Achieving Your Goal to Work in Japan
Having goals, no matter how big or small gives you a sense of purpose. But the journey to achieving your goals is not always a flowery path – you are met with challenges and setbacks along the way, making you wonder, “Is it all worth it?”.
We all had days where we wanted to give up on our dreams – but giving up is not an option, and we keep going because our goals and journey are equally worthwhile.
Tien Anh, aka TA, joined Tokyo Techies in January 2023 as a backend engineer after working remotely for two years in Vietnam at Tokyo Tech Lab (Sister company of Tokyo Techies). Since his undergraduate years, TA has worked hard towards his dreams of working in Japan, and now, he’s finally achieved it by joining the Tokyo Techies team in Tokyo!
Learn more about TA’s journey from studying IT and Japanese in Vietnam to becoming a backend engineer at Tokyo Techies.
Hi TA! Can you tell us a little bit about yourself and your background?
Hey, I'm Nguyen Tien Anh, but it’s kinda hard to pronounce my name for those who are not Vietnamese, so most people call me "TA" instead. I’m 23 years old and originally from Hanoi, Vietnam. I studied at Hanoi University of Science and Technology for my undergraduate degree. I worked as a Backend Engineer at Tokyo Tech Lab for a few years before I moved to Japan to work for Tokyo Techies.
Before you came to Japan, you previously worked with Tokyo Tech Lab in Vietnam. How did you end up joining the Tokyo Techies team in Tokyo?
I've always been eager to push myself and work in a global setting, and I thought Tokyo Techies would be the perfect place to do that. One of the things that drew me to this company is the team's diversity. Everyone at Tokyo Techies come from different parts of the world, creating this dynamic and vibrant work environment that I find really inspiring.
Can you tell us about your journey to Japan?
Back in college, I decided to major in IT and Japanese language, which gave me plenty of opportunities to learn more about Japan's culture, such as food, cherry blossom, and its cultural traditions. What's more, my brother, who was already working in Japan then, told me so many exciting stories about his experience in Japan, which made me more eager to find a job there.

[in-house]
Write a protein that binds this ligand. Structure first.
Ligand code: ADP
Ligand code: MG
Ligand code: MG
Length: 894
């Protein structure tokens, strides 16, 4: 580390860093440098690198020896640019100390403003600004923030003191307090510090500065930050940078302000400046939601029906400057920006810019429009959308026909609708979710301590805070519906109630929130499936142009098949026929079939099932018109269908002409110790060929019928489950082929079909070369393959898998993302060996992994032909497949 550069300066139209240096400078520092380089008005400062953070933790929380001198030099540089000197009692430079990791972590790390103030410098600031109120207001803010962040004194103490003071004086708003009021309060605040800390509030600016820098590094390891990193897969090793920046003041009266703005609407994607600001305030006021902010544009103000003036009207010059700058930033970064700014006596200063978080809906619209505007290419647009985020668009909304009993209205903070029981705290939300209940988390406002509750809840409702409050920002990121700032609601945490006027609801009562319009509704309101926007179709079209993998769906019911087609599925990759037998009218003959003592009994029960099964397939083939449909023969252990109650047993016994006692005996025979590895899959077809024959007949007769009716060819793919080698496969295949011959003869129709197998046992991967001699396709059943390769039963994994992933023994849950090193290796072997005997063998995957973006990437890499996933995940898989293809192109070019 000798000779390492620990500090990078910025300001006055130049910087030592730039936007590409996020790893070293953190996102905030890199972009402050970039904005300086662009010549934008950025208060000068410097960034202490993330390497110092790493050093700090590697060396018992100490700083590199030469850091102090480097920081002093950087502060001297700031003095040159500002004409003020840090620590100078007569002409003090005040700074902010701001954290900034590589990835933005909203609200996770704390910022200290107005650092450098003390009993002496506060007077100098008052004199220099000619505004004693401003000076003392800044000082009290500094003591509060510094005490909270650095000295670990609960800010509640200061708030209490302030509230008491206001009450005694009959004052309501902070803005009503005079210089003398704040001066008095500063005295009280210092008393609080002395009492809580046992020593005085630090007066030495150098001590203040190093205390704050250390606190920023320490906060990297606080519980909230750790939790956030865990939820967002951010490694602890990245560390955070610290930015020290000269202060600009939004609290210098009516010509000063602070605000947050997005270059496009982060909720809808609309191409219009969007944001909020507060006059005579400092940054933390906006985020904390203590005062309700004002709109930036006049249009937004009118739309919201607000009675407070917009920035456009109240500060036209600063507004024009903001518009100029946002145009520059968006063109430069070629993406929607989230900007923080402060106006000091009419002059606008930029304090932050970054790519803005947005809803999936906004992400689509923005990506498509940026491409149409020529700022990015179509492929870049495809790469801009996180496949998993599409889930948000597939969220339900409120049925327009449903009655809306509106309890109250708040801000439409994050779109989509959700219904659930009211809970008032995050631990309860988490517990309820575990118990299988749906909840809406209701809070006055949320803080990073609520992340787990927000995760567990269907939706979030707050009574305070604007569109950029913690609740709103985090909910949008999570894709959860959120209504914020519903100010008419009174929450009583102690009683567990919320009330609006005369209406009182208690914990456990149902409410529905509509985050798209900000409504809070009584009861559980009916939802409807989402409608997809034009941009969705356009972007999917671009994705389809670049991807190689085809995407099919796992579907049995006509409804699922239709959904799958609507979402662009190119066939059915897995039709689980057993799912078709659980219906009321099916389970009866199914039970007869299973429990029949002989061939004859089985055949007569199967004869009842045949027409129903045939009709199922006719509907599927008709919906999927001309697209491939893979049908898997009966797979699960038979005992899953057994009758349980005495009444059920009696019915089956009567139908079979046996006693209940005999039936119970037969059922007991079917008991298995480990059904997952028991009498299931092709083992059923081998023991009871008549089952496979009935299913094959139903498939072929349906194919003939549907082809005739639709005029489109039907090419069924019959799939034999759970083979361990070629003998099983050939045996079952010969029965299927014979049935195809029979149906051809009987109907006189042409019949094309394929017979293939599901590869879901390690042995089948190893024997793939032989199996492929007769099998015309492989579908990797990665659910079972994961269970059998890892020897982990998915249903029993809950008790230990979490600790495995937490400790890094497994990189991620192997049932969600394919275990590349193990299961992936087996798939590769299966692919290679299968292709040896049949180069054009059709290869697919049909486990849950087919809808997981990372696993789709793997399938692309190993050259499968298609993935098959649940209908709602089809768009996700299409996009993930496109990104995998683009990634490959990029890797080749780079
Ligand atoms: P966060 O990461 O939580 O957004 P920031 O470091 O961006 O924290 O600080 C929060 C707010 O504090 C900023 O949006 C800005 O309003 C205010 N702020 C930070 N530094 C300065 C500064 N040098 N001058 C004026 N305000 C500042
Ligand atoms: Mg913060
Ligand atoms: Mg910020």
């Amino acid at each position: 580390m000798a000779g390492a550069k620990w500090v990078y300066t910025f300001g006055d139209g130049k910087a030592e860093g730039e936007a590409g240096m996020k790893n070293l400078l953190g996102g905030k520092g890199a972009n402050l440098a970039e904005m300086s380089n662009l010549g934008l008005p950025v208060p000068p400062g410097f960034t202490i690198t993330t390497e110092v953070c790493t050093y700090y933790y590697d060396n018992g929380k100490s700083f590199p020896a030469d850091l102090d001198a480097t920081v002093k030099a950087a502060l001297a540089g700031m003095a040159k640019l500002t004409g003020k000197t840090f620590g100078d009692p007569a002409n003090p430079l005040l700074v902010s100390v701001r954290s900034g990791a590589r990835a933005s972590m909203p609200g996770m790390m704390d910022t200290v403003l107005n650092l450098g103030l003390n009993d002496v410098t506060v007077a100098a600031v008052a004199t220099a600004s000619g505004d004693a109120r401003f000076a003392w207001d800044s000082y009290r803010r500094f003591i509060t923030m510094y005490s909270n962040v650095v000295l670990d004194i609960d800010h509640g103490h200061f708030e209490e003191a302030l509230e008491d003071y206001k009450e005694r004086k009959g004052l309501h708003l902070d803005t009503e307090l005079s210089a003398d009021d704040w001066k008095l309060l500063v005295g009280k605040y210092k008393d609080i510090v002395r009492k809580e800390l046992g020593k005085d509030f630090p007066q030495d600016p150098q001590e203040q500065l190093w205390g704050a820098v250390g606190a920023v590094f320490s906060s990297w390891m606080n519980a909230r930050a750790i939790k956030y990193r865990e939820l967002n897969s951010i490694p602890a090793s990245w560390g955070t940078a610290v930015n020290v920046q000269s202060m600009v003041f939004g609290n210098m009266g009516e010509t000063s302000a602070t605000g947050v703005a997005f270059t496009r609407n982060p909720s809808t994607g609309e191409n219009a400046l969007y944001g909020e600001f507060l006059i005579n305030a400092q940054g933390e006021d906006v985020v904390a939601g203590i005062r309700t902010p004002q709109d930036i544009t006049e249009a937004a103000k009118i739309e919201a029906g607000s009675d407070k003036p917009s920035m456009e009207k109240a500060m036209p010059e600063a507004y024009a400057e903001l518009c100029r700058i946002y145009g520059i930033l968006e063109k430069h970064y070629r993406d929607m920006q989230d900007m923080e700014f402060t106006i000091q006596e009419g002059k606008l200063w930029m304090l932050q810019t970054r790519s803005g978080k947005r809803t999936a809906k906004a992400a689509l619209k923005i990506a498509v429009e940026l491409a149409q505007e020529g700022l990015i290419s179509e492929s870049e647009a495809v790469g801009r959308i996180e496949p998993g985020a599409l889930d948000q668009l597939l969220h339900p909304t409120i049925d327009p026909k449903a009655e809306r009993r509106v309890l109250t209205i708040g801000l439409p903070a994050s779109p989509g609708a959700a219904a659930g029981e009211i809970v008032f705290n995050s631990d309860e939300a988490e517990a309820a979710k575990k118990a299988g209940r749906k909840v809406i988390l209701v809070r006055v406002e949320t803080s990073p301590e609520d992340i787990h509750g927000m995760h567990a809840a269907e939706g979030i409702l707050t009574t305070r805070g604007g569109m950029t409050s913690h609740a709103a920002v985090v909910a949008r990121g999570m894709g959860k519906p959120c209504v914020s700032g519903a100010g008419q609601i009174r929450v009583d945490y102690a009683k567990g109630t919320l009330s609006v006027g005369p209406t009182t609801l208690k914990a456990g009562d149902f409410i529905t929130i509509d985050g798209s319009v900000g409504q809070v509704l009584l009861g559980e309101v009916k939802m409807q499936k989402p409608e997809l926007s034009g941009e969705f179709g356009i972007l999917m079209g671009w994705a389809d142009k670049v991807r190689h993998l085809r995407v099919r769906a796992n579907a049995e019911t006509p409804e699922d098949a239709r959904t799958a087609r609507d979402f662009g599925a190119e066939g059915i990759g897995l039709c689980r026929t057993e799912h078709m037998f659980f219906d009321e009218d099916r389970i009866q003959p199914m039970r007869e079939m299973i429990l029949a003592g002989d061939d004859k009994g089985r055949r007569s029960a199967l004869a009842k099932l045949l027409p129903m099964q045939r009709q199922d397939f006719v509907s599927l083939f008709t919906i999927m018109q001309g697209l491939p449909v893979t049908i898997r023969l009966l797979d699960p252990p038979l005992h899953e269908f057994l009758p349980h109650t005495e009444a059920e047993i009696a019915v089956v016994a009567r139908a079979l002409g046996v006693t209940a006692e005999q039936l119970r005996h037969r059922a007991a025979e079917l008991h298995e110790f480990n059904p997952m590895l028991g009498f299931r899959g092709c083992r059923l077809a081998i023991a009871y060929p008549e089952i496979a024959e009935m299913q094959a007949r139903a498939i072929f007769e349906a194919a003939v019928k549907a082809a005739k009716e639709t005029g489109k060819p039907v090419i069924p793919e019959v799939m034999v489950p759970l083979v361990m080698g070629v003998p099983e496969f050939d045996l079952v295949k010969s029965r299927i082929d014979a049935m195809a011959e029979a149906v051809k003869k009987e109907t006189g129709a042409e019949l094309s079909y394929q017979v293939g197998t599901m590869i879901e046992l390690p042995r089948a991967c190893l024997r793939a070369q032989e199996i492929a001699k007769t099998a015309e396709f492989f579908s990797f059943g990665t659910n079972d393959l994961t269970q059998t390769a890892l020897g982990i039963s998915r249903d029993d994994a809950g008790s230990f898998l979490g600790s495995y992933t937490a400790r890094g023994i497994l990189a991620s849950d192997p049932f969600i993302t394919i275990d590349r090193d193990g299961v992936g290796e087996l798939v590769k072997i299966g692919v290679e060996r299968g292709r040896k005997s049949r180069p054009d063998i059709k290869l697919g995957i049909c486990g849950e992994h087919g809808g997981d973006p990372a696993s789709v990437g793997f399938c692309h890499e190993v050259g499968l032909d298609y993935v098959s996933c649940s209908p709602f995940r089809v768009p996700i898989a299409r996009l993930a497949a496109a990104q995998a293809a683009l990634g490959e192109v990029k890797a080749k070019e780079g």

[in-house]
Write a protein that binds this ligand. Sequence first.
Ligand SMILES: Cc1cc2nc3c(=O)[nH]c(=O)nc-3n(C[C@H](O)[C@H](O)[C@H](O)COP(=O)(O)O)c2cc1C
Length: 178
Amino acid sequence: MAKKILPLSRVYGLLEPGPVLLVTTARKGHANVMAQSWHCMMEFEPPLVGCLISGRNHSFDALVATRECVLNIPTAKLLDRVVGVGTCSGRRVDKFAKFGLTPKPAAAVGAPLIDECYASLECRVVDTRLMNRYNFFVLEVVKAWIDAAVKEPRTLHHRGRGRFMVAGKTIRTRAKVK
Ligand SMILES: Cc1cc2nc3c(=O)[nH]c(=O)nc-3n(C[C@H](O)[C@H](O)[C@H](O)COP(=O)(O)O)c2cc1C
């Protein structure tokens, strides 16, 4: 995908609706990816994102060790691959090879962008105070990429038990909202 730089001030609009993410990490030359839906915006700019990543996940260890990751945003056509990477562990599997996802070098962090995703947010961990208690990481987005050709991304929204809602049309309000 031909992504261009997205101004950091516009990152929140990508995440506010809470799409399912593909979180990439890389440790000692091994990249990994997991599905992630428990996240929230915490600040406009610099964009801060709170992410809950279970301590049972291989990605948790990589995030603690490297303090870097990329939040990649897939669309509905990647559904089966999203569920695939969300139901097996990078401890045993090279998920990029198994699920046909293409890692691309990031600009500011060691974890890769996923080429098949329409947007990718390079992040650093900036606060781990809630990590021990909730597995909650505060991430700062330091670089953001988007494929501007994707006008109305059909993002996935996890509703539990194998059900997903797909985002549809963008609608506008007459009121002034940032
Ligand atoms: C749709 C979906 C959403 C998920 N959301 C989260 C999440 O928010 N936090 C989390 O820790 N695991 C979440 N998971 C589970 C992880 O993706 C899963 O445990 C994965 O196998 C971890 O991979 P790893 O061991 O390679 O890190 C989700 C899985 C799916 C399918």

I knew that to land a job in a global working environment in Japan, I had to focus on three things; my technical skills and my ability to speak Japanese and English. When I was looking for jobs, I specifically looked for IT companies that worked with Japanese companies, which is how I found Tokyo Tech Lab. I applied for a position there and learned a ton of technical knowledge.
For Japanese, besides following my major’s curriculum in university, I spent 30 minutes or an hour every day listening to a Japanese Podcast on Youtube to strengthen my Japanese listening skills, and I passed the JLPT (Japanese-Language Proficiency Test) at the N2 level in 2022.
As for English, I was lucky enough to have many foreign friends who spoke English with me daily, which helped me improve my English skills a lot. Everything seemed to go pretty smoothly after graduating from university, and I felt more than ready to move to Japan!
Did you face any obstacles while working towards your goal of working in Japan?
When I was working towards landing a job in Japan, my biggest challenge was figuring out how to manage my time. Back in Vietnam, I was busy learning Japanese, English, and IT skills and pursuing other hobbies. I played the drums in two metal bands, and we had a lot of gigs, which meant lots of rehearsals and hanging out with my bandmates. I also loved playing basketball and used to hit the court 2-3 times a week, sometimes even more.